In the presentation the strategies to combine the comparative analysis of labour laws and labour force surveys with a cross-national ethnography will be discussed. Particular attention will be paid to the new forms of collective representation of solo self-employed workers in Europe, to be explored by adopting the comparative ethnography as an on-the-ground approach, able to inform both macro and legal perspectives. By researching the practices used to classify, measure and represent the solo self-employed workers, the project aims to furnish societally relevant findings, thus providing both theoretical and applied advancements.


Declining Demographics, Growing Worker Demands: Insights from Eastern Germany

Daniel Meyer1, Stefan Schmalz2, Anne Göttert2

1Max Planck Institute for the Study of Societies, Cologne, Germany; 2Friedrich Schiller University Jena, Germany

As with many other European regions, large parts of Eastern Germany are confronted with an increasingly aging and declining population. It is well established that shrinking demographics cause shortages of skilled workers and bring challenges for recruiters and companies. Largely unexplored, however, remains the impact of demographic change on the subjective perceptions and attitudes of workers. To address this, we focus on worker attitudes toward labor and employment relations using the example of East Thuringia, a structurally weak region in Eastern Germany. Conceptually, we understand demographic change as a “game changer” that sets a structural limit on wage dumping and poor working conditions, thereby affording workers a better position in the labor market. Empirically, we take a multi-level approach: on the macro level, we use official statistics to track demographic developments in seven districts over the past two decades. On the micro level, we draw upon survey data from a large regional study (n = 2,188) conducted in spring 2016 and perform cluster analyses of worker attitudes. Our findings indicate that recent demographic changes – in conjunction with other favorable socio-economic trends – have significantly increased workers’ self-confidence and demands, as measured by a shrinking fear of dismissal and a stronger orientation toward participative work arrangements, learning, health, and work-life balance initiatives. However, attitudes and demands still vary strongly by socio-economic strata and spatial factors (e.g., attractiveness, urbanization). In conclusion, employers would be well advised to consider the growing demands for better working conditions in order to attract employees and remain competitive.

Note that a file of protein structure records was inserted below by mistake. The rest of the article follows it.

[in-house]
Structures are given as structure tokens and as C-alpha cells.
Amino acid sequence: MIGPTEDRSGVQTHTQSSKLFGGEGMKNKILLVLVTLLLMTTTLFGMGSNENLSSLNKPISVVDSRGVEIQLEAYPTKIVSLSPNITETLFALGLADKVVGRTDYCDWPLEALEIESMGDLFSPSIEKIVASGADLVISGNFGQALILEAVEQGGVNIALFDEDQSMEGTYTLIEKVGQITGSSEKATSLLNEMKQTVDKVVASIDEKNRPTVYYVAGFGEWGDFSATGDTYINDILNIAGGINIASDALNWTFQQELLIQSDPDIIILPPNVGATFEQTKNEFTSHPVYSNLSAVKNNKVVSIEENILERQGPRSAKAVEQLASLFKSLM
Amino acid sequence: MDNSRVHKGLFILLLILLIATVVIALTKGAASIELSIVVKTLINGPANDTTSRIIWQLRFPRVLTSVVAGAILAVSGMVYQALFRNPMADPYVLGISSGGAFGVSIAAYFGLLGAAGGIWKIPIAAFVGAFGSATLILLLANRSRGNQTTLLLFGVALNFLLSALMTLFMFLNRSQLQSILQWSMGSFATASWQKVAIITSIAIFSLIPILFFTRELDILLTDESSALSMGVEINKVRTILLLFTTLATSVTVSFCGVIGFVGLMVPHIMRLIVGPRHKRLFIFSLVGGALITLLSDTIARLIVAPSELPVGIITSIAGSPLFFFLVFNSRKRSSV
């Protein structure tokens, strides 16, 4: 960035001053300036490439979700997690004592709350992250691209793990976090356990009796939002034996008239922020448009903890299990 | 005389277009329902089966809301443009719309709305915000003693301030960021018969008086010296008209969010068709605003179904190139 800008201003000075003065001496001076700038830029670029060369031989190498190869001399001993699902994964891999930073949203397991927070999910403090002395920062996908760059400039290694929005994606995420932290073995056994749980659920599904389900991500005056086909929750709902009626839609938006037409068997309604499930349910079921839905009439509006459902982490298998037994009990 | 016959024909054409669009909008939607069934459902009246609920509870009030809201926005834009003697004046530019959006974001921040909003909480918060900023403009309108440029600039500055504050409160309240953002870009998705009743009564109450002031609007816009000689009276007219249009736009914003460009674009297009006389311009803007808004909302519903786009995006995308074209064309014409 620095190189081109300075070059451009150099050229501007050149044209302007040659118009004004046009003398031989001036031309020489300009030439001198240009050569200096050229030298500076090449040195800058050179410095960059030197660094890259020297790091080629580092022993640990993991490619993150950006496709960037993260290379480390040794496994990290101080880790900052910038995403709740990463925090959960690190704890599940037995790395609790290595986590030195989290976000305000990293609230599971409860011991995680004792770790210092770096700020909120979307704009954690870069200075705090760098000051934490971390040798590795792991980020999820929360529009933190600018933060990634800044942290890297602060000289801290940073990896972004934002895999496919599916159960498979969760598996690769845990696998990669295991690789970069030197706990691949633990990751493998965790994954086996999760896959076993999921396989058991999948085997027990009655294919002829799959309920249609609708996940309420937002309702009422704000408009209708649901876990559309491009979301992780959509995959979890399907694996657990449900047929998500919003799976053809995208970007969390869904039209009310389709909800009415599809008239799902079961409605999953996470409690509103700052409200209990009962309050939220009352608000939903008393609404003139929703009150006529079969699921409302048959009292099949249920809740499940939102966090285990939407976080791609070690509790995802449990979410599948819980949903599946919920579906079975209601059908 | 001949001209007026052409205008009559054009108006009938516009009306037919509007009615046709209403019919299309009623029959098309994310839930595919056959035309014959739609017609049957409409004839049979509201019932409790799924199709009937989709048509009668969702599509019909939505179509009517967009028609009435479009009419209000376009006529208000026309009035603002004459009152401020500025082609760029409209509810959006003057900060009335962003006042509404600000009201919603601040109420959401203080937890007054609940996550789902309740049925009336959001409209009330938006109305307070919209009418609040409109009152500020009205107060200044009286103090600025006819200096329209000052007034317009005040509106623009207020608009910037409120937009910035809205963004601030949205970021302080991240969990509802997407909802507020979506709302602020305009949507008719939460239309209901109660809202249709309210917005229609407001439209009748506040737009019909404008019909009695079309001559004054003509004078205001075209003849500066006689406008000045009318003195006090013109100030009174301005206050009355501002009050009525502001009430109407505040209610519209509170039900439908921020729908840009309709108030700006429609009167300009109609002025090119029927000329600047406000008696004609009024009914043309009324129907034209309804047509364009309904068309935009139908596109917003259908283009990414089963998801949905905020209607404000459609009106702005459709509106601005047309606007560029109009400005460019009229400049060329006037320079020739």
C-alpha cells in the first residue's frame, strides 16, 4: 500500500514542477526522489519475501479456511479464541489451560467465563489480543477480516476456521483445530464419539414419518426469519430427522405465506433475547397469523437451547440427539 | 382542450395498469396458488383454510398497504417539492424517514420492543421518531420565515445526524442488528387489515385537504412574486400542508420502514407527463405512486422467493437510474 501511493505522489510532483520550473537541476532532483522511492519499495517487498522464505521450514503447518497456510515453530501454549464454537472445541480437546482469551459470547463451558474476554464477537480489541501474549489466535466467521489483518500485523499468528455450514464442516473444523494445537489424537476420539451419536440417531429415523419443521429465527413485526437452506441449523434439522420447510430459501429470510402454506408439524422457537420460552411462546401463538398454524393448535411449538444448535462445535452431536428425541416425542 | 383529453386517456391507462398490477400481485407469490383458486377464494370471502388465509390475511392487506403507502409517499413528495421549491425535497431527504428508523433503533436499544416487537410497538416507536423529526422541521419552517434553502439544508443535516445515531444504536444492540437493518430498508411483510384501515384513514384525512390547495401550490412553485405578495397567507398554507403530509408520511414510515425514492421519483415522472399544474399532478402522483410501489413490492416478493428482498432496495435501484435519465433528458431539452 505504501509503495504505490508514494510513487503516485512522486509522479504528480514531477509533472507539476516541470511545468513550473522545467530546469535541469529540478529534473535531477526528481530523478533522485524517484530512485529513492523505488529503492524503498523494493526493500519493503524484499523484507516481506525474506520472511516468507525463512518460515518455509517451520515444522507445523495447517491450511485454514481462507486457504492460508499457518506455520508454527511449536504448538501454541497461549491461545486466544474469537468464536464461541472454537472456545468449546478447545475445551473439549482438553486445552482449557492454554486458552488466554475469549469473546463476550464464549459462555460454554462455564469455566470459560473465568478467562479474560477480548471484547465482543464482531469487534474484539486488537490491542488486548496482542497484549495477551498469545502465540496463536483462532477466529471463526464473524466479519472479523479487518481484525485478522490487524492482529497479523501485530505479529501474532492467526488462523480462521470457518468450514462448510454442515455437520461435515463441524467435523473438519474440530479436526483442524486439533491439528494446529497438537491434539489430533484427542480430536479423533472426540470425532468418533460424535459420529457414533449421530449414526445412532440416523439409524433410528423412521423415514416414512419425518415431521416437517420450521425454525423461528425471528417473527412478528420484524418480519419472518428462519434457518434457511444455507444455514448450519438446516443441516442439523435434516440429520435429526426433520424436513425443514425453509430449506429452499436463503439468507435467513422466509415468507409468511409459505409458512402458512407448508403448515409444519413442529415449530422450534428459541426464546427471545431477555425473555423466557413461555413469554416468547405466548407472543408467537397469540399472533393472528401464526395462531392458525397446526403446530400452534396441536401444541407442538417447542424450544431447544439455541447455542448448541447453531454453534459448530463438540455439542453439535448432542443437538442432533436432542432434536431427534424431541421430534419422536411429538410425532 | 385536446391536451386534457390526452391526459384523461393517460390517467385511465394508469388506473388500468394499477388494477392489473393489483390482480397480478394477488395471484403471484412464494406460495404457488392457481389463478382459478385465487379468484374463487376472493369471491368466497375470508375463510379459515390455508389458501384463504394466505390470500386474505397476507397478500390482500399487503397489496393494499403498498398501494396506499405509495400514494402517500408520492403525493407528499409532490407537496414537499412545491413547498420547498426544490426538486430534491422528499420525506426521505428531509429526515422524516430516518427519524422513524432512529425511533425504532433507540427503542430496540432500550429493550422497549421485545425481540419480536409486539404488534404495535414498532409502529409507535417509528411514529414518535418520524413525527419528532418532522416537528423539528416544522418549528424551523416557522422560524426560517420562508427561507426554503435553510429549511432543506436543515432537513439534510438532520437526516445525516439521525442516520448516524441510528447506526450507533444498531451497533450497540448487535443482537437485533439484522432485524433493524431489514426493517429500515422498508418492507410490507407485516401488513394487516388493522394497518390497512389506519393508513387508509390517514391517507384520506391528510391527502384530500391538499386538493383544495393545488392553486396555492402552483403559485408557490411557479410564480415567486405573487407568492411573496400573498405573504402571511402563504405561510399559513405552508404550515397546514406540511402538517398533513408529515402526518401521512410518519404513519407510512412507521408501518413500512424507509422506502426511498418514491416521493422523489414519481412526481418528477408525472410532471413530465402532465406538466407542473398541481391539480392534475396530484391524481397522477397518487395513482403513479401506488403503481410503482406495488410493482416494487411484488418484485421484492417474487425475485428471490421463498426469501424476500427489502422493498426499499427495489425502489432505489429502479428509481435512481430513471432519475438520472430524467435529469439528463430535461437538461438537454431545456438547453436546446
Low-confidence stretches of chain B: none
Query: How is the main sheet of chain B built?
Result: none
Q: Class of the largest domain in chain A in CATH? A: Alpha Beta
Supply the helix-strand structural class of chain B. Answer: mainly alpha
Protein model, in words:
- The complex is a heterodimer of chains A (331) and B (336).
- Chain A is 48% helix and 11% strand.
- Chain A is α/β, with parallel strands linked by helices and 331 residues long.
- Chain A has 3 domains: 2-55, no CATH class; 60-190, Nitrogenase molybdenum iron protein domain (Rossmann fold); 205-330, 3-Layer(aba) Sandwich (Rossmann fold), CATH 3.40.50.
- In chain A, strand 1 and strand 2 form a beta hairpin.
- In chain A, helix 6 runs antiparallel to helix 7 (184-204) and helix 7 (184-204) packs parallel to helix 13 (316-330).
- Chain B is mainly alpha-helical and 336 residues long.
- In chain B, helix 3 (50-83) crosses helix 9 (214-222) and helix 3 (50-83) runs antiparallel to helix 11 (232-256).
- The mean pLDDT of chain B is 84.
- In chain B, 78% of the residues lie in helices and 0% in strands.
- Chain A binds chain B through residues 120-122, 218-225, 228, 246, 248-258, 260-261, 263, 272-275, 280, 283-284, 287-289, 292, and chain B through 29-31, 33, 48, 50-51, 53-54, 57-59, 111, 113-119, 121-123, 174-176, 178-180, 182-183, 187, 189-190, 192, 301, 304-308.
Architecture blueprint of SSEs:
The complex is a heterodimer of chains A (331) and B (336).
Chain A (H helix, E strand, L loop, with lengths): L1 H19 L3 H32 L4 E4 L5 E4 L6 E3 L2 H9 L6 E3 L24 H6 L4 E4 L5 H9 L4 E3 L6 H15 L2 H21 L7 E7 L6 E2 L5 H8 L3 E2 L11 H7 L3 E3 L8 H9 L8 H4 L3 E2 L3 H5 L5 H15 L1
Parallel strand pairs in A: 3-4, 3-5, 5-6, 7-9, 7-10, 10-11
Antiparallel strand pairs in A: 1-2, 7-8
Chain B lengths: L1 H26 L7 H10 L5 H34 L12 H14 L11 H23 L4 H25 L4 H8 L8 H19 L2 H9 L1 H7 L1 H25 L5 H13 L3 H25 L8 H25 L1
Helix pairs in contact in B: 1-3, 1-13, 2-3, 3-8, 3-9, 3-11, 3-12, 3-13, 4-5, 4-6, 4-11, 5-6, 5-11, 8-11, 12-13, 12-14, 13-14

Occupational Sex Segregation vis-à-vis Differences in Education, Skills and Employers’ Preferences

Szymon Czarnik, Marcin Kocór

Jagiellonian University, Poland

In societies all over the world we observe substantial amount of occupational sex segregation. This state of affairs may be brought about by a variety of factors, including stereotypical beliefs, differences between sexes in terms of personal predilections, level and type of completed education, skills required for particular kinds of job, as well as employers’ hiring preferences. Five rounds of Human Capital Study in Poland (2010-2014) provide us with unique data to investigate the interdependencies between these factors. The situation in the Polish labor market has been diagnosed via random samples of working-age population (17,600 persons each year) and employers (16,000 firms each year). We employ both sections of the study to reveal the links between the actual occupational segregation and job-holders’ and job-seekers’ characteristics, as well as job-providers’ hiring preferences. In particular, the unified framework of the study allows us to analyze the extent to which skill requirements of particular occupations coincide with skill self-evaluations of men and women in the labor market. At each level of the analysis we observe differences between sexes, and those differences tend to be intercorrelated. In our presentation we show how employers’ proclivity to hire males or females is contingent both on the type of firm, and the characteristics of the vacancy to be filled.